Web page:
APO-SYS Consortium


Apoptosis Systems Biology Applied to Cancer and AIDS


An integrated approach of experimental biology, data mining, mathematical modeling, biostatistics, system engineering and molecular medicine


The APO-SYS Consortium

The APO-SYS team is the extension of a 2006 Descartes Prize-winning consortium  (“Apoptosis mechanisms in cancer and AIDS” led by Guido Kroemer) that involves the coordinator of the present consortium (Boris Zhivotovsky) as well as four additional participants (Marja Jäättelä, Mauro Piacentini, Josef Penninger and Klaus-Michael Debatin/Simone Fulda). This consortium has now been extended to a total of 23 partners with the aim of uniting a critical mass of investigators specialized in biology, biomedicine/translational medicine, bioinformatics, biomathematics and biostatistics that may solve important, disease-relevant problems by a systems biology approach of apoptosis and other cell death programs. Three of the partners involved in the theoretical part (Emmanuel Barillot, Ralf Herwig/Hans Lehrach, Ron Shamir) were previously involved in a common EC project on systems biology in FP6 ("European  Systems Biology Initiative for combating Complex Diseses") http://pybios.molgen.mpg.de/ESBIC-D), led by Hans Lehrach. Furthermore, the APO-SYS consortium involves a BioTech company that is specifically interested in systems biology approaches applied to apoptosis-relevant diseases.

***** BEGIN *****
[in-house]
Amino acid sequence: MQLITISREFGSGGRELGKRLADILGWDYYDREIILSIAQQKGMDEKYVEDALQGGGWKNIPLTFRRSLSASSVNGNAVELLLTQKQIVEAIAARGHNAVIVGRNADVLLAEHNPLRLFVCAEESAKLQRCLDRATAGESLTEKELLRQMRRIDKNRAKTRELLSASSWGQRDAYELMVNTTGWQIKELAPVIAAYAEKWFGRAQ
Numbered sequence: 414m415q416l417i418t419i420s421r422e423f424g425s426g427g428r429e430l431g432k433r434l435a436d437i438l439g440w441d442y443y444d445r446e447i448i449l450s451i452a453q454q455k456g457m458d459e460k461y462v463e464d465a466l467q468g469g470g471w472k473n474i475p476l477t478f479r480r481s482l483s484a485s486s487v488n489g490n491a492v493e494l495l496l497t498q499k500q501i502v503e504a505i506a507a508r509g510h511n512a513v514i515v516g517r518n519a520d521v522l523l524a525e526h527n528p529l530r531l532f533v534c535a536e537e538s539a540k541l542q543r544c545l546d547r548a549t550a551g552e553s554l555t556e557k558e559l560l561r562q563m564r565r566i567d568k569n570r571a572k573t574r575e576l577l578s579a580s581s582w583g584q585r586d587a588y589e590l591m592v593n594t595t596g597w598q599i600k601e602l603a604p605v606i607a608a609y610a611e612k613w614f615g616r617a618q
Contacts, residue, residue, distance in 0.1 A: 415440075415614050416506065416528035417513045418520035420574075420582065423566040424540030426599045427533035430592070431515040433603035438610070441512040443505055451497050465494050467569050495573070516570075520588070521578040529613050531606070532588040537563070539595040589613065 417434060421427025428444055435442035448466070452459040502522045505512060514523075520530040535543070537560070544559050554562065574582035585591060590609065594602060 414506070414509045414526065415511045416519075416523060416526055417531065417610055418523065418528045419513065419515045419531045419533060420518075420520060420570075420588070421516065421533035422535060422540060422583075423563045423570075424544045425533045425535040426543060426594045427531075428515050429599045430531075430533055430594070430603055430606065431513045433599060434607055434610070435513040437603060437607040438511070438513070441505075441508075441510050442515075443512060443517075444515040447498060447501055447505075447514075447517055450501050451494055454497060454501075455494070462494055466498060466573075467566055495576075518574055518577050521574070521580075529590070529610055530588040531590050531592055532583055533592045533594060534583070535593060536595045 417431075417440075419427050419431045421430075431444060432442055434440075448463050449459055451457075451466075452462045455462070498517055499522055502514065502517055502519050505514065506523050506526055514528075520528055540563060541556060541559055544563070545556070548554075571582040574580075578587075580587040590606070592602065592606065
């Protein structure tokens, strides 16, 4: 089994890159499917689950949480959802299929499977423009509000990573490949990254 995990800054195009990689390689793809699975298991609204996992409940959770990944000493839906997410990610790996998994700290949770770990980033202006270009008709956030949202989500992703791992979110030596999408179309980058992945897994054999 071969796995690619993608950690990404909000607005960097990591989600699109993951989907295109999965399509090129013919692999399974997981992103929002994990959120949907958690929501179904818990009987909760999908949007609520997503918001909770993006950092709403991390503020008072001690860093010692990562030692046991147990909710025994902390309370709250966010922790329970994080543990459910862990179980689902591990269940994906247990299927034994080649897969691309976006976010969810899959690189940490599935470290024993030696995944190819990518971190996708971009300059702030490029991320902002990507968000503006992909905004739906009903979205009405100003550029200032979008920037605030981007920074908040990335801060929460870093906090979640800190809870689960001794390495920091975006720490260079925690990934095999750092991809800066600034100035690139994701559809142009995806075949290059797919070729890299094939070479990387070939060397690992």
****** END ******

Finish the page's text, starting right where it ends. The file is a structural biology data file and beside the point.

The APO-SYS consortium aims at obtaining major progress in comprehension of apoptosis (and more generally cell death) in human diseases, by combining a series of systems biology approaches, in silico, in vitro (in organello and in cellula), in vivo and by integrating experimental results with large data sets acquired on tissue samples from patients suffering from diseases that are caused by deregulated apoptosis, in particular cancer and AIDS.


The consortium will address the striking complexity of human cell death pathways using an integrated method involving high-throughput screening, and ”omics” approaches applied to biological systems and computational modeling leading to accurate and disease relevant in silico models of apoptotic signaling triggered along the two principal pathways, the extrinsic pathways (stimulated by ligation of death receptors) and the intrinsic pathways (stimulated by intracellular stress causing mitochondrial membrane permeabilization). Furthermore, the consortium will comparatively asses the system biology of apoptotic and non-apoptotic cell death (necrosis, autophagy and mitotic catastrophe) in order to understand the extent of overlap in the mechanism leading to different phenotypic manifestation of cell death as well as the molecular ”switches” that decide whether cells remain alive or die through one or the other cell death pathway.

The research leading to these results has received funding from the European Community's Seventh Framework Programme (FP7/2007-2013) under grant agreement n° HEALTH-F4-2007-200767 for APO-SYS.